A multi-stage cluster random sampling methodology was adopted to create a sample of 19,466 adults with NCDs from 7,970 urban households and 32,035 adults with NCDs from 3,860 rural households in Guangdong, China. Interviews and physical examinations were conducted in 2010 to collect data on patient characteristics, medical conditions, and awareness and utilization of healthcare. Descriptive analysis and logistic regression analysis were performed to study utilization patterns and the factors associated with the patterns.


Prevalence of major NCDs in urban areas was significantly higher than that in rural areas (12.55% vs. 8.70%; p<0.001). Second-tier district hospitals were most preferred for initial consultation (46.05% in rural areas vs. 45.32% in urban areas; p<0.001), followed by tertiary general or specialized hospitals (28.39% in rural areas vs. 33.89% in urban areas; p<0.001). The proportion of patients who had initial use of CHS was relatively low (25.56% in rural areas vs. 20.79% in urban areas; p<0.001). Awareness of self-care and the presence of medical insurance were leading factors associated with first contact of CHS facilities in both urban and rural areas.


The study suggests that CHS facilities are not often used as the first contact for patients in both rural and urban areas in south China. Much effect must be made to enhance the gatekeeper system and improve medical insurance coverage in future healthcare reforms.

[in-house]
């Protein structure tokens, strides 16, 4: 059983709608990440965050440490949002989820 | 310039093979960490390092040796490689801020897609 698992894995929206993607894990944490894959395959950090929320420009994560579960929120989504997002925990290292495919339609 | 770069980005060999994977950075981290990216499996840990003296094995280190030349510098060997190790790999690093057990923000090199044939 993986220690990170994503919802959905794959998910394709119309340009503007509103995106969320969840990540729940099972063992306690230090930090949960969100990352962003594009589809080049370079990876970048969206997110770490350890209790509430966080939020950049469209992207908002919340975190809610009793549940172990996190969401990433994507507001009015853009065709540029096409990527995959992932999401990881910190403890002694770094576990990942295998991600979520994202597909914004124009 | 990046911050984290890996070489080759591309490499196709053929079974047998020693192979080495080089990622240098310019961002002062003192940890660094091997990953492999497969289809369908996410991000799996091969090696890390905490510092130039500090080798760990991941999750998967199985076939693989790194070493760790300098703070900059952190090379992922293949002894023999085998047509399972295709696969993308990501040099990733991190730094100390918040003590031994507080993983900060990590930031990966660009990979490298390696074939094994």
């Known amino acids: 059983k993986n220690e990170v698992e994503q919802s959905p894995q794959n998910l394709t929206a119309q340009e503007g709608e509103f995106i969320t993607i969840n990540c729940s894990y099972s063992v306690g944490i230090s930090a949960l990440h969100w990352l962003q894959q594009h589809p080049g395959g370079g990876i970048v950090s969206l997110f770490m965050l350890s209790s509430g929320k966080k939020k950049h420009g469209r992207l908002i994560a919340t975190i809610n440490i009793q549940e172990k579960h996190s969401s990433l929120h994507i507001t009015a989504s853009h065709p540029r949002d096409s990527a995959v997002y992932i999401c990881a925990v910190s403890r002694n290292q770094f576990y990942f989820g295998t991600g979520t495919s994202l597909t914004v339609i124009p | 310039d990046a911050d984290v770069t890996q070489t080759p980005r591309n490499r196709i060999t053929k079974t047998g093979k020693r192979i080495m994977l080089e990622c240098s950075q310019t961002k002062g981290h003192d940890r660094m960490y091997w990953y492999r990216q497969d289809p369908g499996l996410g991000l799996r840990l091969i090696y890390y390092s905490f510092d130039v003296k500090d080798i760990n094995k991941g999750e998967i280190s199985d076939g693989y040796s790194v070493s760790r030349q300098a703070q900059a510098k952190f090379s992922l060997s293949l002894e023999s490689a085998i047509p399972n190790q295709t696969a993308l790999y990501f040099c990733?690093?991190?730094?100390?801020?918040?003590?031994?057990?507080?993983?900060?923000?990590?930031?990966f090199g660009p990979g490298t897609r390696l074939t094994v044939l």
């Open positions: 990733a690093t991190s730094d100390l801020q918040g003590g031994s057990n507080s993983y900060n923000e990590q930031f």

There are two recognized models that dictate a patient’s access to health care: the gatekeeper system and the direct-access system [1]. In a gatekeeper system, medical insurance covers initial consultation with general practitioners (GPs). In contrast, the direct-access system grants patients access to all medical care, including both specialists and GPs. The gatekeeper system has often been demonstrated as advantageous in moderating use of resources, controlling healthcare expenditure, improving disease diagnosis and treatment [2], and reducing disparities in healthcare access [3]. There is considerable variation in the range of services offered by GPs [4], and the differences are associated with features of the healthcare system, such as the mode of patient access to secondary care (direct or on referral by GPs in a gatekeeper role), remuneration method (fees for items of service, capitation fees or salary) and healthcare supply characteristics (density of GPs and of specialists) [5][7]. Many studies have shown that when patients are provided with choices and GPs act as gatekeepers to secondary care, the costs were lower, patient satisfaction higher, health status better, and reliance on medication is less [8], [9] [10] [11] [12]. Not surprising, the World Health Organization (WHO) has long emphasized the importance of the gatekeeper system as an organizational model for structuring healthcare system.